Figure 6
figure 6

Spheroid myelinating cultures were prepared from fetal rat telencephalon and demyelinated with lysophosphotidyl choline on DIV 25-29 in the presence or absence of AUY954, an S1P1 agonist, or BAF312, an S1P1 and S1P5 agonist. Myelin basic protein (A) and neurofilament (B) levels were measured using protein specific ELISA following demyelination. Results were analysed by ANOVA with Holm-Sidak post test. * = p < 0.05; ** = p < 0.01.


This paper describes direct effects of fingolimod on cells of the rat CNS. Here, we demonstrate that fingolimod can actively promote remyelination following an insult elicited by lysophosphotidyl choline, indicating direct interaction of fingolimod with oligodendrocytes, microglia and/or astrocytes.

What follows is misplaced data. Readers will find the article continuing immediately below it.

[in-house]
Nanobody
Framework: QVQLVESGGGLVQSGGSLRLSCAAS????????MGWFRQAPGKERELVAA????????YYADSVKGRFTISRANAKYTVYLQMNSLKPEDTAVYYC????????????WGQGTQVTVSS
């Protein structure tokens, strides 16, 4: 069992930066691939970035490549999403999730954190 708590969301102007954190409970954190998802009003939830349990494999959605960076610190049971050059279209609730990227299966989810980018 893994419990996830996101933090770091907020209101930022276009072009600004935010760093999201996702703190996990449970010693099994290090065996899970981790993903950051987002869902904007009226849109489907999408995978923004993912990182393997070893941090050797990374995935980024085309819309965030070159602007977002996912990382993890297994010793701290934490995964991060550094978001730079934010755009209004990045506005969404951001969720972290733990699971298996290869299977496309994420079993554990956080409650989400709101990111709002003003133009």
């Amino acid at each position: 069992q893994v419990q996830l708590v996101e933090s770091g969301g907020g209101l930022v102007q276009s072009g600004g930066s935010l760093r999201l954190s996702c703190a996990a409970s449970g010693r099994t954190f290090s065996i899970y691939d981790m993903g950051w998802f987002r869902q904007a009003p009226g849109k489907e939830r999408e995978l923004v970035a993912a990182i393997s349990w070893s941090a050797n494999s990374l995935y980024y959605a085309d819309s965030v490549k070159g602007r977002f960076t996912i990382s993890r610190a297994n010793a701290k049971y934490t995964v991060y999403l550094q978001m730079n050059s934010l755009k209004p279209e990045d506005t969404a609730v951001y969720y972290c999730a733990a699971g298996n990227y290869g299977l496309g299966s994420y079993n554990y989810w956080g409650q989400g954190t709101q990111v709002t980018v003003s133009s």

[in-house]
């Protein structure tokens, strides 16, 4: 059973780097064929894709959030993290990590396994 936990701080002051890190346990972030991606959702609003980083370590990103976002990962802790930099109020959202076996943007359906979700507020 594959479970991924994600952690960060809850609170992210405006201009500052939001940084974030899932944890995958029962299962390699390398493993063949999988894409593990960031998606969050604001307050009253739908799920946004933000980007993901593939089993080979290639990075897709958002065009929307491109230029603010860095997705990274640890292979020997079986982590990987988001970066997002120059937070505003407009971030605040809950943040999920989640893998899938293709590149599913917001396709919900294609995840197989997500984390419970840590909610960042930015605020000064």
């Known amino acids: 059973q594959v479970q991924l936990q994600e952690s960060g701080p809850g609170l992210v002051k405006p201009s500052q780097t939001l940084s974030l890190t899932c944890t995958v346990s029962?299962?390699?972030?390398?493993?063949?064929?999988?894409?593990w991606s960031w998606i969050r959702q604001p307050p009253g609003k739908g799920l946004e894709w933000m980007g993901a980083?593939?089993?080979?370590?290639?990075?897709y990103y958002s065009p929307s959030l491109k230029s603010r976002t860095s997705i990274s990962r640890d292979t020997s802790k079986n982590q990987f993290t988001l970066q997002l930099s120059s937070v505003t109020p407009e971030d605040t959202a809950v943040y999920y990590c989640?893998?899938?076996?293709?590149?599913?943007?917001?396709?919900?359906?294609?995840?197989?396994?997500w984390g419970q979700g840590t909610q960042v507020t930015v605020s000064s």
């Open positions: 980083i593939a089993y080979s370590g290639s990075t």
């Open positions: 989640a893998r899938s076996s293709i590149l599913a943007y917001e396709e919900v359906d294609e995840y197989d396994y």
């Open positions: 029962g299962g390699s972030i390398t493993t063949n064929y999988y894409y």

Fingolimod increased markers of myelination as assessed biochemically and morphologically in a culture model lacking monocytes and other components of the immune system, but including microglia. Fingolimod has been shown to reduce pathology associated with demyelination in vivo models, although this can largely be attributed to sequestration of reactive T lymphocytes in lymphoid organs. Fingolimod has also been shown to alter myelin gene expression, and preferentially localises to myelin tracts in vivo [10]. In culture, fingolimod exerts dose-dependent effects on OPCs, and can prevent OPC apoptosis and differentiation [16]. OPCs are thought to be intimately involved in the remyelination process in humans, and OPC dysfunction may be one factor preventing remyelination in MS [40]. Oligodendrocyte progenitors and precursors are present in the spheroid cultures, and persist after demyelination [41]. The full range of oligodendrocyte progenitor and precursor markers have been identified by fluorescent immunostaining, and include platelet derived growth factor alpha receptor, NG2 chondroitin sulphate, O4 and galactocerebroside. Early markers decline by the point at which demyelination is induced, but are still present; pre-myelinating O4 and galactocerebroside positive oligodendrocytes are present in higher numbers around the point at which demyelination is induced, providing a source of potentially remyelinating oligodendrocytes.